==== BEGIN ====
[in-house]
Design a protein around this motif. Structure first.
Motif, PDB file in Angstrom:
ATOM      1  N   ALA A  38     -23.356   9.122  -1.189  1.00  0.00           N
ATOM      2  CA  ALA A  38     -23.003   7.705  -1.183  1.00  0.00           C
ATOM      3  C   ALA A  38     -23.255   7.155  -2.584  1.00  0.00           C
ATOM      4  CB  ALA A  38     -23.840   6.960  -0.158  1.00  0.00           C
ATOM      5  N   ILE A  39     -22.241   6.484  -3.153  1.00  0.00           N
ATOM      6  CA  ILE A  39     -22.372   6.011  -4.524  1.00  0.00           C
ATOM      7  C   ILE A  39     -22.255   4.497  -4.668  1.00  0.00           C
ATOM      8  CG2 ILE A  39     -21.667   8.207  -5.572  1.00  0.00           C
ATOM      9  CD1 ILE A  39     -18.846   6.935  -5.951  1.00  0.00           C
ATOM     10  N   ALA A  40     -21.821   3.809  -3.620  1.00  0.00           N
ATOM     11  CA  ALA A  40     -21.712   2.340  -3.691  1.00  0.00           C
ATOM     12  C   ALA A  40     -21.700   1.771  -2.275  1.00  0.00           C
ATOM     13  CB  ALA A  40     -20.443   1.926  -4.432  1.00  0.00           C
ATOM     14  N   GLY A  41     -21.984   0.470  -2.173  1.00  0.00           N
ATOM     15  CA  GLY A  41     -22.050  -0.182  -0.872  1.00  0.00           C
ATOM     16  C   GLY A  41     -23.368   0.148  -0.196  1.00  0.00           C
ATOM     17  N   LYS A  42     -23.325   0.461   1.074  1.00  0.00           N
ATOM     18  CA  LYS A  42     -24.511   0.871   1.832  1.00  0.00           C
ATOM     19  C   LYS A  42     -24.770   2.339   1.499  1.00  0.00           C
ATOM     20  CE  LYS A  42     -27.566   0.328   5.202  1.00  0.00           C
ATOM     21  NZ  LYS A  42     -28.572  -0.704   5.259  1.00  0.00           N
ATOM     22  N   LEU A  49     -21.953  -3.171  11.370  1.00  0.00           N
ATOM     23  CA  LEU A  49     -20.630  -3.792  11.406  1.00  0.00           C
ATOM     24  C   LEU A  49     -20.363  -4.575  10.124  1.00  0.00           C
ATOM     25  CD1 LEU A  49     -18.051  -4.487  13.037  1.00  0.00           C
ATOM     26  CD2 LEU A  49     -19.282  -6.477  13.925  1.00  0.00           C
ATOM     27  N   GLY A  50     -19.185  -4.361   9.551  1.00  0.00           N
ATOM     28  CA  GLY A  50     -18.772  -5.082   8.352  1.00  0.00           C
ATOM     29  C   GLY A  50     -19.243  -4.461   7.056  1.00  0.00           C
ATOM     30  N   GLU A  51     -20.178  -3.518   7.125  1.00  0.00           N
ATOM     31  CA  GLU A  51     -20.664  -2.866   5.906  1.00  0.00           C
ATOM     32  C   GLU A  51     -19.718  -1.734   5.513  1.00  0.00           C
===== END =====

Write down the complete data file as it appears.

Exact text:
[in-house]
Design a protein around this motif. Structure first.
Motif, PDB file in Angstrom:
ATOM      1  N   ALA A  38     -23.356   9.122  -1.189  1.00  0.00           N
ATOM      2  CA  ALA A  38     -23.003   7.705  -1.183  1.00  0.00           C
ATOM      3  C   ALA A  38     -23.255   7.155  -2.584  1.00  0.00           C
ATOM      4  CB  ALA A  38     -23.840   6.960  -0.158  1.00  0.00           C
ATOM      5  N   ILE A  39     -22.241   6.484  -3.153  1.00  0.00           N
ATOM      6  CA  ILE A  39     -22.372   6.011  -4.524  1.00  0.00           C
ATOM      7  C   ILE A  39     -22.255   4.497  -4.668  1.00  0.00           C
ATOM      8  CG2 ILE A  39     -21.667   8.207  -5.572  1.00  0.00           C
ATOM      9  CD1 ILE A  39     -18.846   6.935  -5.951  1.00  0.00           C
ATOM     10  N   ALA A  40     -21.821   3.809  -3.620  1.00  0.00           N
ATOM     11  CA  ALA A  40     -21.712   2.340  -3.691  1.00  0.00           C
ATOM     12  C   ALA A  40     -21.700   1.771  -2.275  1.00  0.00           C
ATOM     13  CB  ALA A  40     -20.443   1.926  -4.432  1.00  0.00           C
ATOM     14  N   GLY A  41     -21.984   0.470  -2.173  1.00  0.00           N
ATOM     15  CA  GLY A  41     -22.050  -0.182  -0.872  1.00  0.00           C
ATOM     16  C   GLY A  41     -23.368   0.148  -0.196  1.00  0.00           C
ATOM     17  N   LYS A  42     -23.325   0.461   1.074  1.00  0.00           N
ATOM     18  CA  LYS A  42     -24.511   0.871   1.832  1.00  0.00           C
ATOM     19  C   LYS A  42     -24.770   2.339   1.499  1.00  0.00           C
ATOM     20  CE  LYS A  42     -27.566   0.328   5.202  1.00  0.00           C
ATOM     21  NZ  LYS A  42     -28.572  -0.704   5.259  1.00  0.00           N
ATOM     22  N   LEU A  49     -21.953  -3.171  11.370  1.00  0.00           N
ATOM     23  CA  LEU A  49     -20.630  -3.792  11.406  1.00  0.00           C
ATOM     24  C   LEU A  49     -20.363  -4.575  10.124  1.00  0.00           C
ATOM     25  CD1 LEU A  49     -18.051  -4.487  13.037  1.00  0.00           C
ATOM     26  CD2 LEU A  49     -19.282  -6.477  13.925  1.00  0.00           C
ATOM     27  N   GLY A  50     -19.185  -4.361   9.551  1.00  0.00           N
ATOM     28  CA  GLY A  50     -18.772  -5.082   8.352  1.00  0.00           C
ATOM     29  C   GLY A  50     -19.243  -4.461   7.056  1.00  0.00           C
ATOM     30  N   GLU A  51     -20.178  -3.518   7.125  1.00  0.00           N
ATOM     31  CA  GLU A  51     -20.664  -2.866   5.906  1.00  0.00           C
ATOM     32  C   GLU A  51     -19.718  -1.734   5.513  1.00  0.00           C